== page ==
Field-Grown Bt and non-Bt Corn: Yield, Chemical Composition, and Decomposability
- Sandra F. Yannia,
- Joann K. Whalen *a and
- Bao-Luo Mab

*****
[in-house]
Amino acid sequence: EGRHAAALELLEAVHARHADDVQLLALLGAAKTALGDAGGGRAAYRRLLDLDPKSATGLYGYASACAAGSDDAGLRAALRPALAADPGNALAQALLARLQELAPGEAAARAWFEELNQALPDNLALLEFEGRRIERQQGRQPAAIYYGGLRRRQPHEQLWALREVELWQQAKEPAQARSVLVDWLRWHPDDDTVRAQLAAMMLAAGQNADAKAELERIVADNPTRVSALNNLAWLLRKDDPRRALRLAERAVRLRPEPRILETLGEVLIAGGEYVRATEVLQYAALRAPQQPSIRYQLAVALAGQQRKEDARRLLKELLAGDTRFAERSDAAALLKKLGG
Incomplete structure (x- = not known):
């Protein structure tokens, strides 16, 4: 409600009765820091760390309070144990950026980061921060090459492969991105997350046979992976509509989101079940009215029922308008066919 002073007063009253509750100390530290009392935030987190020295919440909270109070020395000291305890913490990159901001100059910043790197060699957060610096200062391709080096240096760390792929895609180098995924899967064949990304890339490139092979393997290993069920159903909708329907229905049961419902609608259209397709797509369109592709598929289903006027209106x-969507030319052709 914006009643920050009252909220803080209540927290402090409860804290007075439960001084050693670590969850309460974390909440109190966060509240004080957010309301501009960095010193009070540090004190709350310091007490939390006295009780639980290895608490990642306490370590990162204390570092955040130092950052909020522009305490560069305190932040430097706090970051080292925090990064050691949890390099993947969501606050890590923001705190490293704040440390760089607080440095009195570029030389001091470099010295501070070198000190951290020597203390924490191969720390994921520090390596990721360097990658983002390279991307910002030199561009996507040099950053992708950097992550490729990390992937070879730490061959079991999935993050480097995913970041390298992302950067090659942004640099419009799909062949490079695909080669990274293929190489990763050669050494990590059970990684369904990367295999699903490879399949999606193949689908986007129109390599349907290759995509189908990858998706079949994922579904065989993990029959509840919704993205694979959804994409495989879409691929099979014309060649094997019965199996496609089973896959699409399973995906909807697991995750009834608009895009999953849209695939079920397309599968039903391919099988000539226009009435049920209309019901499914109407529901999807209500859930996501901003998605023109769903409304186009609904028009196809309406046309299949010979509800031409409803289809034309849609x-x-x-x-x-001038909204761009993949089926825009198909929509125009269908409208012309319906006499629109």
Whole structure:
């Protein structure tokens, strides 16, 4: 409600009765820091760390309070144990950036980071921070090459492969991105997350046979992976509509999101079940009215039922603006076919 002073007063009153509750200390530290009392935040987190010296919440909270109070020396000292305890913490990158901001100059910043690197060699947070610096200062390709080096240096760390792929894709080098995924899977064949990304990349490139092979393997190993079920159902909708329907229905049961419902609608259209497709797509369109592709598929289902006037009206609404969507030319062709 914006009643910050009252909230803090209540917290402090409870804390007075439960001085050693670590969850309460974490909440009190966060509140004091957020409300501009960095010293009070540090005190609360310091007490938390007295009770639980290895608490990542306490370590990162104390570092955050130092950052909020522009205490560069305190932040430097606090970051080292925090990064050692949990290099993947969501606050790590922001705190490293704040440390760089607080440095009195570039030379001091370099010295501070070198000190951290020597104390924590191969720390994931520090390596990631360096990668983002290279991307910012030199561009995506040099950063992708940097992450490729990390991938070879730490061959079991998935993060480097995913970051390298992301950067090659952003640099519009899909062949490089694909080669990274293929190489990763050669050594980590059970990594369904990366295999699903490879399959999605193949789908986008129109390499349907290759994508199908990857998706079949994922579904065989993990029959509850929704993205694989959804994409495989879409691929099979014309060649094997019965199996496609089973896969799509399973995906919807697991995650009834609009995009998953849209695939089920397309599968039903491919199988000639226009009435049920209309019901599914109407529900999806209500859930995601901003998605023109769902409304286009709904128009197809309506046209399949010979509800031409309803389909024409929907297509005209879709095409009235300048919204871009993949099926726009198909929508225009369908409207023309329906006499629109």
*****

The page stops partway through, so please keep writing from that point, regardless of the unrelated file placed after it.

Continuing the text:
Bt (Bacillus thuringiensis) corn (Zea mays L.) accounted for 74.5% of the corn acreage in eastern Canada in 2009. Reports that Bt corn has greater yield and lignin concentrations than unmodified corn have raised questions about its effect on the soil ecosystem. Our objectives were to evaluate the biomass of field-grown Bt and non-Bt corn, the chemical composition of different corn components that remain as residues in the field after harvest, and the effect of the Bt modification on residue decomposition. Nine Bt corn hybrids and their near isolines were field-grown in 2008 and 2009. Grain and stover yields were measured and leaves, stems, and roots were collected and analyzed for lignin, C, and N concentrations. Stem sections from a Bt/non-Bt corn pair were buried in the field and sampled periodically during 1 yr. No difference in yield or lignin concentrations due to the Bt gene was noted; however, N concentration in Bt stems was significantly greater than in non-Bt stems in 1 yr of the 2-yr study. Leaves had less lignin and a lower C/N ratio than stems and roots in both years. In buried field litterbags, the decline in C/N ratio and mass loss suggests that Bt stems were decomposing more rapidly than non-Bt stems. We conclude that the Bt gene does not affect the agronomic performance or the chemical composition of corn in fields without herbivory, and that Bt corn residue may be more susceptible to decomposition than non-Bt corn residue.Please view the pdf by using the Full Text (PDF) link under 'View' to the left.
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